The result of this seemingly hopeless system is apparent to anyone who has employed these young men and women. I have seen graduates of the school of law who could not write passable paragraphs in English. I have seen sociology majors who had no clue about basic pieces of society – for example, they had no idea of the difference in roles between the executive and parliament. Many of the professionals that I have worked with struggle with basic communications – they struggle to understand issues directly related to their professions.
It has come to be that a standard part of my work is teaching and enabling people to discover their actual capacities and teach basics how to write well for business, how to behave, tools for negotiations etc. Interestingly, university graduates are the hardest to teach because they operate on a false belief that they know. A couple of the people that I have taught who never had the misfortune to attend a university today are in position to run some of my businesses very competently. In fact, one would not know by their behaviour that they are not graduates.
So I mentor as part of my work. And mentorship for me starts with every intern having to wash a car. Every time I say this, I am met with disbelief. But thats where my process starts. You see, it takes 4 hours to wash a car – no, not that swishing that you are accustomed to doing with your car wash guy. It takes 4 hours to wash a car properly.
You have to wipe down the inside of the car generally and remove any trash from it. Then you vacuum the car thoroughly to make sure than even speck of dust has been sucked out of the carpet (even in the crevices under the seat and dashboard). You then wash the exterior of the car, soap it down and rinse it. You then scrub the tires. This is where most people stop.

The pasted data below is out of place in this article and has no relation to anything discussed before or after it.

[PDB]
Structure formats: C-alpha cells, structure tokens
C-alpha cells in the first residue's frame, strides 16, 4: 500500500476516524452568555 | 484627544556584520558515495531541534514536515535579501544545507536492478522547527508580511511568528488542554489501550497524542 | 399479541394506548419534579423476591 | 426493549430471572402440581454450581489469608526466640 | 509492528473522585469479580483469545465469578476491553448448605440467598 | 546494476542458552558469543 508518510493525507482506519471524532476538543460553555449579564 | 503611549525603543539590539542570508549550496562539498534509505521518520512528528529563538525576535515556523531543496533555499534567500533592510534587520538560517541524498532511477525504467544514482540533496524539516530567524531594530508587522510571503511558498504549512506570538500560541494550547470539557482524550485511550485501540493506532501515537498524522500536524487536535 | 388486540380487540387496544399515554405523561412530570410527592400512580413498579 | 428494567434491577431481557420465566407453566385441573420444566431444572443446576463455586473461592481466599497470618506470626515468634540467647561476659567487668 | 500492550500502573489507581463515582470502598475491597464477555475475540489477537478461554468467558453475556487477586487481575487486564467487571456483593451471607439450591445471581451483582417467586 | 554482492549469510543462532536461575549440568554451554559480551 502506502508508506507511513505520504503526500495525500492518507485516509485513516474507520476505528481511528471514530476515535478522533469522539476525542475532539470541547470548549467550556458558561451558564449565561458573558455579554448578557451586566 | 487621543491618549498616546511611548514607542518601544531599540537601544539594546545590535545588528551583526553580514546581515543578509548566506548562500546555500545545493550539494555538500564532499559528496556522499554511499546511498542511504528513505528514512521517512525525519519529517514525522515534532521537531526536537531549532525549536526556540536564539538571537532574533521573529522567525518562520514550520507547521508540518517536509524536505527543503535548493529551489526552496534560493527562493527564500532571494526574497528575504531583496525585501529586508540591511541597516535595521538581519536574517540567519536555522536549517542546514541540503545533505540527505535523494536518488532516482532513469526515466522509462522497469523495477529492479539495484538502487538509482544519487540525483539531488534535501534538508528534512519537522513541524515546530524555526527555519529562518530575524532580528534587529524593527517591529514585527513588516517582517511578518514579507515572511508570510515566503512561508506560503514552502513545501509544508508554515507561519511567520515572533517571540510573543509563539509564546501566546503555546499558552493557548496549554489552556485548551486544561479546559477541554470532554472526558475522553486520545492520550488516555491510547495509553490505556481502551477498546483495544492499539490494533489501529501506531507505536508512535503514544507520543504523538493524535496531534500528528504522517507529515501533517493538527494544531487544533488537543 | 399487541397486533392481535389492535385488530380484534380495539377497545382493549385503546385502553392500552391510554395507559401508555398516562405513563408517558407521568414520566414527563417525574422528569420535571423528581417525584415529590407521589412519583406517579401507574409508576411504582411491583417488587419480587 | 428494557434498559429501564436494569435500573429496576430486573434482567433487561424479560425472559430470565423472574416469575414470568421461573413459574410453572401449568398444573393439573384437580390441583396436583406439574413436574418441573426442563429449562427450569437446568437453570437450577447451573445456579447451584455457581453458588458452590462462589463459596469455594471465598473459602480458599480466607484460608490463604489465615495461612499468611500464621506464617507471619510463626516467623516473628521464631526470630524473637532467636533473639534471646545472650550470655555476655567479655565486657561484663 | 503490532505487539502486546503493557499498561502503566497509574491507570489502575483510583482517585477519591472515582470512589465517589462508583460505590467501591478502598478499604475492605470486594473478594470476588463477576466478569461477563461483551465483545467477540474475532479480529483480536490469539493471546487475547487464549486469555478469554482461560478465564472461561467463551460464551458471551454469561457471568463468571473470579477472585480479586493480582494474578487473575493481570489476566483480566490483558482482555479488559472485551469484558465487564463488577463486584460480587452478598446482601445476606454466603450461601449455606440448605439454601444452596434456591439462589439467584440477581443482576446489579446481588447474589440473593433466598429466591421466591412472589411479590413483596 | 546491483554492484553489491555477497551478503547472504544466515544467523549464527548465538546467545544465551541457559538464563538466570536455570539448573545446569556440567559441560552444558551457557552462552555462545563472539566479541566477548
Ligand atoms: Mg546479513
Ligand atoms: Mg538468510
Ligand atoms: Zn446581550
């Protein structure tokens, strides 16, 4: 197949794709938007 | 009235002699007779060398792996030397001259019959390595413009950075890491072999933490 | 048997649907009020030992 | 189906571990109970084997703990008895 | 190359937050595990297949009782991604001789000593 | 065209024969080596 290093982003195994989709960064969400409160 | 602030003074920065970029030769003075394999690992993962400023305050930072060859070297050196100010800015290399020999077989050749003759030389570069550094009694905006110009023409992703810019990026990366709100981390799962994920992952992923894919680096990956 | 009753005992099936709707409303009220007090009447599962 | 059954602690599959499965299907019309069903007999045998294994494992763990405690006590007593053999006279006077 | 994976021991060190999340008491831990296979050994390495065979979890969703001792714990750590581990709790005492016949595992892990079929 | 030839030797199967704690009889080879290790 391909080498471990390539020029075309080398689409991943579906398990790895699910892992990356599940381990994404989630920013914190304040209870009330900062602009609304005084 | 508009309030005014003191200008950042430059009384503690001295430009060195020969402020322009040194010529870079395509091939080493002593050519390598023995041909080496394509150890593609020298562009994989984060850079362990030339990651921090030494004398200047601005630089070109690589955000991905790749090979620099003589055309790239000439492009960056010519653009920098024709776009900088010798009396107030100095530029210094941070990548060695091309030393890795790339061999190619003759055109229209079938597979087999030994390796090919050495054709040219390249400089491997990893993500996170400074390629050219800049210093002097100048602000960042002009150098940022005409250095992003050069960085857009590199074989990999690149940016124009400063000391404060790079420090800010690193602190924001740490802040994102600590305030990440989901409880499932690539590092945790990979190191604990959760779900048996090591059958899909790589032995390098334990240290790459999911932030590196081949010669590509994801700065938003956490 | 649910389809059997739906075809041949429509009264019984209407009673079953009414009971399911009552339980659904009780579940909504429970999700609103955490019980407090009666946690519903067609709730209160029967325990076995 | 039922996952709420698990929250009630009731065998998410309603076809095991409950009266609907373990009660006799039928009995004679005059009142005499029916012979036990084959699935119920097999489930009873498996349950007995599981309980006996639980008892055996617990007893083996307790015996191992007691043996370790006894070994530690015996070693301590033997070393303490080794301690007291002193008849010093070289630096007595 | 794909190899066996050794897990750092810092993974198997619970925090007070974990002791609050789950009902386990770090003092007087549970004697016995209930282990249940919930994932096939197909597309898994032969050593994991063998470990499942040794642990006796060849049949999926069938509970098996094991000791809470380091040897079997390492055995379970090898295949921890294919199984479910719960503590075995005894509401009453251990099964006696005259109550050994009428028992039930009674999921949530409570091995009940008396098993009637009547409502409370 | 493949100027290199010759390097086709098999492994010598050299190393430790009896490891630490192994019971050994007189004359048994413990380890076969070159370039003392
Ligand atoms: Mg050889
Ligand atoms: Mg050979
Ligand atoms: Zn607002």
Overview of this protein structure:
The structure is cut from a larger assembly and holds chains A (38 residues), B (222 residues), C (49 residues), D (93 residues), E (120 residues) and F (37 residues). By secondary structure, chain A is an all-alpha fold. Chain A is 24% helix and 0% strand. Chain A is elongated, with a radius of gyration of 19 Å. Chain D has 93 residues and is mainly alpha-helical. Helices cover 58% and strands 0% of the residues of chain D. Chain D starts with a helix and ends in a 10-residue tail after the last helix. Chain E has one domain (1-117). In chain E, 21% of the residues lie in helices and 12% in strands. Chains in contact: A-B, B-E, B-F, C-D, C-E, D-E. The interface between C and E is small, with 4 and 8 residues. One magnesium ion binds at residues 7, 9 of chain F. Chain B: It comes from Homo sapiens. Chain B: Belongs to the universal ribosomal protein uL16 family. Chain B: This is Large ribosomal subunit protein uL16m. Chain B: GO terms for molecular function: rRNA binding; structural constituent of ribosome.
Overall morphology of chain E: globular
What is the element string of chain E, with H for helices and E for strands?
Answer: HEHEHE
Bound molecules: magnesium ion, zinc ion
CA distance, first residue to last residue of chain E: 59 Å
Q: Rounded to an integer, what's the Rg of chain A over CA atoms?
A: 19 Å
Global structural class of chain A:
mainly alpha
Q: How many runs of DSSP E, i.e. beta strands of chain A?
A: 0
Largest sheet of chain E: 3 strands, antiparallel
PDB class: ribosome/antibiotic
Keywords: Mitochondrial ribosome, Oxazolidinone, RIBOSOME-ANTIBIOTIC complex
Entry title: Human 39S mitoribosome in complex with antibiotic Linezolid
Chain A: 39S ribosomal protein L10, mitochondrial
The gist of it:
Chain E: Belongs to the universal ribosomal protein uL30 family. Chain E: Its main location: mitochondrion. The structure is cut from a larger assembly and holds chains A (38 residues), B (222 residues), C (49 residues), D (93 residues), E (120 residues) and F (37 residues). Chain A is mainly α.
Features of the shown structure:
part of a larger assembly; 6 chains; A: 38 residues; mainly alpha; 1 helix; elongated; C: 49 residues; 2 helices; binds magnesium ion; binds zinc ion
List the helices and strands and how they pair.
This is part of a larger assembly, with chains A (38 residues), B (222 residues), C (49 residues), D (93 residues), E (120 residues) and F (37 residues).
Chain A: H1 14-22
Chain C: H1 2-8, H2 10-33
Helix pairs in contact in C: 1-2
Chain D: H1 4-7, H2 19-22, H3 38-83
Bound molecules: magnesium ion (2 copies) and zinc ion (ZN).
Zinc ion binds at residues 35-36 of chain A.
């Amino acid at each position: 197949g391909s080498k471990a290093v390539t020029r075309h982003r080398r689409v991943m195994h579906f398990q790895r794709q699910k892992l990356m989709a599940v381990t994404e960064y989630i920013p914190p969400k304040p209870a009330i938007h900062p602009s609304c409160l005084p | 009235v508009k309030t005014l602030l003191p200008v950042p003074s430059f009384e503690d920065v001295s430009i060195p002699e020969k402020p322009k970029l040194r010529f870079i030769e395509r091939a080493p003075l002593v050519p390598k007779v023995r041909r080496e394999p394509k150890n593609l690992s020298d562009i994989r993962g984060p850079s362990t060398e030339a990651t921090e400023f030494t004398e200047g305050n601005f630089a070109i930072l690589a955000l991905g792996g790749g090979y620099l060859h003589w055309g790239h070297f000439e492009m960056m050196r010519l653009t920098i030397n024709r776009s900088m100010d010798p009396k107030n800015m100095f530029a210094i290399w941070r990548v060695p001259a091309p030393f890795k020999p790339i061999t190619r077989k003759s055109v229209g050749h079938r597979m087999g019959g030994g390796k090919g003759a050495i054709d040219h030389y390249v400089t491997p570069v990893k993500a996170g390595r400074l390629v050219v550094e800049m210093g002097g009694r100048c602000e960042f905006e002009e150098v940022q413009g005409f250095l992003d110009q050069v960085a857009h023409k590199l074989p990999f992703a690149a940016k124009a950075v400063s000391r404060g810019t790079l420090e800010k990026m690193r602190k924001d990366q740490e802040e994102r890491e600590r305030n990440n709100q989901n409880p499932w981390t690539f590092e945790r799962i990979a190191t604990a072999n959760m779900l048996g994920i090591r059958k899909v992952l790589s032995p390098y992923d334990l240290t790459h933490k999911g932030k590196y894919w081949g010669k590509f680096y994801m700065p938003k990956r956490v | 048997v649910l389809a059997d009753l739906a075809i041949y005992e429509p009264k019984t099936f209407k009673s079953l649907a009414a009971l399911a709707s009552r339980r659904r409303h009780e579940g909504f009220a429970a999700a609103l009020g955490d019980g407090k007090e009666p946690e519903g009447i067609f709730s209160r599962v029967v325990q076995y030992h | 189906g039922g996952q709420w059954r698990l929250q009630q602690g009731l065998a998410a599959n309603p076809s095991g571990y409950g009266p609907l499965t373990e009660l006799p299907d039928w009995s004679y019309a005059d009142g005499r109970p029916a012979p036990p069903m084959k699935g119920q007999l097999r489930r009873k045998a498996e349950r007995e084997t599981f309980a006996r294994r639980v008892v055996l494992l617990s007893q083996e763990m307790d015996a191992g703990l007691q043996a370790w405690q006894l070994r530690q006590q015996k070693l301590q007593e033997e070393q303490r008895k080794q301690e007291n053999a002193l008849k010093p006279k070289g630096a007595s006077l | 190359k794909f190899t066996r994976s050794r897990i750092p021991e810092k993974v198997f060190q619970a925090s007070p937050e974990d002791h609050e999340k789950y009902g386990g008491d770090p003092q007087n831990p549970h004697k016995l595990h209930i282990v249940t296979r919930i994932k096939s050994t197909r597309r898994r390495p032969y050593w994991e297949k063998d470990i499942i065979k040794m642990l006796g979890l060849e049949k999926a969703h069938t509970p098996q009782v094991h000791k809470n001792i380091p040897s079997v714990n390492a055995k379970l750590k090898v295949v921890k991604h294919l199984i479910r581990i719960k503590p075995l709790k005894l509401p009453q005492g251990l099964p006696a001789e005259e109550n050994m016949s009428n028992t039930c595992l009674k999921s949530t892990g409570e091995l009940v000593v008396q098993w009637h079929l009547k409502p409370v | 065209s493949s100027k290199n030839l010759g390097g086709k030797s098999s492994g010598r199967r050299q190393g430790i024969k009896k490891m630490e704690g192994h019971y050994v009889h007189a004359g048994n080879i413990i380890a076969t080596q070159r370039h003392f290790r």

When you have wiped the car down and it is now gleaming, you need a smaller, softer fabric with which you go through all seams in the exterior, where there are grooves, where there are bolts holding parts of the body together, the rubber protector in the windows and so on. Any dirt should be identified and wiped. You then go back inside. Now you are armed with a toothpick and wet wipes. You will have to go through every seam and groove on the dashboard, on the doors, the air holes and so on. This takes time.
“Oh my God! were you serious?”
The standard response from the mentees is naturally one of surprise. They usually do not think I am serious. Because it is a take it or leave it rule of mine, they either do it or they cannot participate in the mentorship programme. The ones that do, have the most interesting feedback as they go. Wangari Kimani even called it the “Internship from hell” and Sharon was astounded. As an equal opportunity mentor, they have gone through the process the same as every male mentee has.
I have a simple goal: from this exercise, they learn to be reflective and conscientious. They learn to pay attention to detail – again and again until it becomes part of their lives. That way, when I start teaching them how to do other things around the office, I don’t have to deal with a superfluous work ethic – people who cut corners and don’t do the best they can.
We start teaching, then, people who are oriented to excellence with the most basic of chores.